My Cart

John V. Quarstein

Director emeritus of the USS Monitor Center

John presents Civil War tours and lectures across the country and is the author of 18 books, with three more on the way. He leads the Museum’s Civil War and Hampton Roads Lecture Series and is now writing blogs and presenting online content via YouTube Live. John’s deep interest in all things related to the Civil War stems from his youth living on Fort Monroe, walking where heroes like Abraham Lincoln and R. E. Lee once stood. An avid collector of decoys, waterfowl/maritime art, and oriental rugs, John lives among them in his home, the 1757 Herbert House on Sunset Creek in Hampton, Virginia. On the National Register of Historic Places, this is the only house to have survived August 7, 1861, burning of Hampton.

Latest from John V. Quarstein

  • Hot Times on Monitor: One Steaming Summer On The James

    • Civil War
    • Military
    • Military Conflict

    The Union flotilla steamed downriver after its repulse at Drewry’s Bluff to City Point, Virginia. Commander John Rodgers, the flotilla’s leader, recognized that his ships, USS Monitor, USS Galena, USS Naugatuck, USS Port Royal, and USS Aroostook, were needed to support Major General George B. McClellan’s operations against Richmond.

  • April 7, 1863: Worden and the Ironclad Attack on Charleston

    • Civil War
    • Military
    • Military Conflict

    Recently promoted captain, John Lorimer Worden won a significant victory during his operations against Fort McAlister, Georgia. USS Montauk’s XV-inch shellgun destroyed the blockade runner, Rattlesnake, previously known as the raider CSS Nashville.

  • Zouaves on the Virginia Peninsula

    • Civil War
    • Cultural Heritage
    • Military
    • Military Conflict

    Just as the smoke cleared from the scene of the first Confederate victory at Big Bethel, onto the battlefield rapidly marched what would become one of the most colorful, daring, and poorly disciplined units of the Army of the Peninsula: Coppens’ Battalion.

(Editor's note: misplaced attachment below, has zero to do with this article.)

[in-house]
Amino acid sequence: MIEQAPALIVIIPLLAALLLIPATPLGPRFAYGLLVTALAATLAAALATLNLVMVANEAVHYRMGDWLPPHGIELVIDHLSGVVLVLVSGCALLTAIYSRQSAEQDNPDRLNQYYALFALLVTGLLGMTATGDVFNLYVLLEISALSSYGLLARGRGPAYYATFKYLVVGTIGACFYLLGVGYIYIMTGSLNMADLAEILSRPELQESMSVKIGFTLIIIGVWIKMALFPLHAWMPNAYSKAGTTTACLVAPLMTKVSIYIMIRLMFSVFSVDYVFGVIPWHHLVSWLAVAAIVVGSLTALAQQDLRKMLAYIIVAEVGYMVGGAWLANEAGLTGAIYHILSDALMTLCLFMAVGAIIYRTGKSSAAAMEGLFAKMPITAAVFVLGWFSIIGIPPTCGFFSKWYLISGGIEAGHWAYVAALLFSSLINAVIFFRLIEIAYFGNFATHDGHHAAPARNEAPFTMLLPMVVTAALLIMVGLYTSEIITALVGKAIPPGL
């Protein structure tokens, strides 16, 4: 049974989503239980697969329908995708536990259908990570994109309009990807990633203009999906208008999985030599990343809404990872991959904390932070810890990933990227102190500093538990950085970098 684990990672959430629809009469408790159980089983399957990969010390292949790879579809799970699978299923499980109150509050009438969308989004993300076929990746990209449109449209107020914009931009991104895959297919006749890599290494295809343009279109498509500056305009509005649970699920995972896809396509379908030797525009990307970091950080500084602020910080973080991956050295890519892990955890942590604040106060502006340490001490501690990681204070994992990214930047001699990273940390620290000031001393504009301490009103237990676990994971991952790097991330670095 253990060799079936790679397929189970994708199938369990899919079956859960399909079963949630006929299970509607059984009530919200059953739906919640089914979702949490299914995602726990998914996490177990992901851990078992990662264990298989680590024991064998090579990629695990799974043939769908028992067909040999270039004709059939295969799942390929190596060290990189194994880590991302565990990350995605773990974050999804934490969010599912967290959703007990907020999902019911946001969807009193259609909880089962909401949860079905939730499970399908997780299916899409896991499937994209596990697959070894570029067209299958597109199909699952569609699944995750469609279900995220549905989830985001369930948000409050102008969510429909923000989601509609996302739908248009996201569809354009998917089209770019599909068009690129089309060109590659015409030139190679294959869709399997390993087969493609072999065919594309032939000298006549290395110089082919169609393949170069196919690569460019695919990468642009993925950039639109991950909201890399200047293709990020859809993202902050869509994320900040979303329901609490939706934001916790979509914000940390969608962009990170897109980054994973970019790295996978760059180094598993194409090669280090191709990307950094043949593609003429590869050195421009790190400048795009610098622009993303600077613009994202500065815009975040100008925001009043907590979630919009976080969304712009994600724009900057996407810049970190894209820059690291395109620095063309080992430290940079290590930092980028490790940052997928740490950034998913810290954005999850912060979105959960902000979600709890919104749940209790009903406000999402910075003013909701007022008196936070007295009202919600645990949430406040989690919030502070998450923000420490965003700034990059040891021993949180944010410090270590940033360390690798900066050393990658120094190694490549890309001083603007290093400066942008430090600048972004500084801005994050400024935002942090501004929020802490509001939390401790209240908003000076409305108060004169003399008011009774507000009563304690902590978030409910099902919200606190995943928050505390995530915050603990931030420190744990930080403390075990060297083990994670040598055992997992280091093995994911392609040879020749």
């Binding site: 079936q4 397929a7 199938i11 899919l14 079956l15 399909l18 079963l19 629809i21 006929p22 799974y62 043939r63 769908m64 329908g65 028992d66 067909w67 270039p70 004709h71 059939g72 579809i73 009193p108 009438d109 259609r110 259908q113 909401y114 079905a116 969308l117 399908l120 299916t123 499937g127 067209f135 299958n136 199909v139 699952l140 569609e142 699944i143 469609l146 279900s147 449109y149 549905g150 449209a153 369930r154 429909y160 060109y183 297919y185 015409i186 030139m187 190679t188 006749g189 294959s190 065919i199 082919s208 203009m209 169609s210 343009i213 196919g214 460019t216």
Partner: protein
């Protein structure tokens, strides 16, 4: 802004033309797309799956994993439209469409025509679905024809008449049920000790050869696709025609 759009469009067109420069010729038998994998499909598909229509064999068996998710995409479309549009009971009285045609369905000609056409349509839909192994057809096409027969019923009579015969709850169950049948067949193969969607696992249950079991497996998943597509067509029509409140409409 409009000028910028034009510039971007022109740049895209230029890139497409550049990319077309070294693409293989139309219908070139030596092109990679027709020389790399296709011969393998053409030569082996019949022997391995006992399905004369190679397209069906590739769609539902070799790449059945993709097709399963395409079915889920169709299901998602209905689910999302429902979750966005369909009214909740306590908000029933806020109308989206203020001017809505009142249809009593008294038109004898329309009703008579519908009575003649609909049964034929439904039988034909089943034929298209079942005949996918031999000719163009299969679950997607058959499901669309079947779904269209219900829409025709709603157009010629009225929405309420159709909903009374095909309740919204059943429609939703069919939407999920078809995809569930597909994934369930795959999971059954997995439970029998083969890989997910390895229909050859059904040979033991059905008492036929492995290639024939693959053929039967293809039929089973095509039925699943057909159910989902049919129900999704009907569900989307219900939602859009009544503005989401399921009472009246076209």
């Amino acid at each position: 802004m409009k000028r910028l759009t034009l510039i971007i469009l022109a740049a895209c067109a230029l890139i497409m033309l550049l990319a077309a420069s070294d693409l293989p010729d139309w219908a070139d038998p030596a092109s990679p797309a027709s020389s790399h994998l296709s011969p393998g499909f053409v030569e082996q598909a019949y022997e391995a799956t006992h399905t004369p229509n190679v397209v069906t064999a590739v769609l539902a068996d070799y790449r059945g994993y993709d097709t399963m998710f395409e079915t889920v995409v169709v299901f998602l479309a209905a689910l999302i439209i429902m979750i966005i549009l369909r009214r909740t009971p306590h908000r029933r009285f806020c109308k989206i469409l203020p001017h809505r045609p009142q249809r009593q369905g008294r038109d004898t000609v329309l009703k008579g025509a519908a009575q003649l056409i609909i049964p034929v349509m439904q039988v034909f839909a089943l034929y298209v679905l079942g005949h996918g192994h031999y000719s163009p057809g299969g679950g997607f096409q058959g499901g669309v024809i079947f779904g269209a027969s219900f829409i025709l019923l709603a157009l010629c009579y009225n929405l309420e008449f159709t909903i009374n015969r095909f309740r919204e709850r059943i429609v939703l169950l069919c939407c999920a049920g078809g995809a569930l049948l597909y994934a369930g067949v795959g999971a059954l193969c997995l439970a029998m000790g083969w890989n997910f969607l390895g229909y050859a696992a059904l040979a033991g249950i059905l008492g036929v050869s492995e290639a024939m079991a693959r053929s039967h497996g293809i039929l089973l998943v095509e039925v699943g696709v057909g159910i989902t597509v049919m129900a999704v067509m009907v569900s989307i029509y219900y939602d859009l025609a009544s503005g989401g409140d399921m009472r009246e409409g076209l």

• The Siege of Fort Pulaski

    • Civil War
    • Military
    • Military Conflict

    The capture of Fort Pulaski on the mouth of the Savannah River had many significant implications. When the fort surrendered on April 11, 1862, it closed the port of Savannah. Accordingly, cotton exports had to be transported to Charleston or Wilmington to reach European markets

  • Brigadier General Samuel Chapman Armstrong

    • Civil War
    • Military
    • Military Conflict

    Samuel Chapman Armstrong was the founder of Hampton Normal and Agricultural Institute (now Hampton University). A native of Hawaii, he fought with the Union army during the Civil War.

  • Coastal Ironclads Other Than Monitors

    • Civil War
    • Military
    • Military Conflict

    The American Civil War is often considered the first modern industrial war. Both North and South endeavored to mobilize their resources to wage total war. This experience revolutionized naval warfare, and in doing so, forever changed America’s political, social, and economic fabric.

  • River Monitors

    • Civil War
    • Military
    • Military Conflict
    • Technology

    At the onset of the Civil War, General Winfield Scott noted that a Union victory could be achieved by controlling the Mississippi River. Scott believed the entire Mississippi Valley could be controlled using only 12 to 20 gunboats and 60,000 soldiers. More resources would eventually be needed; however, the Federals ultimately enabled, as President Abraham Lincoln said, the ‘Father of All Rivers to flow unvexed to the sea.’

Scroll to Top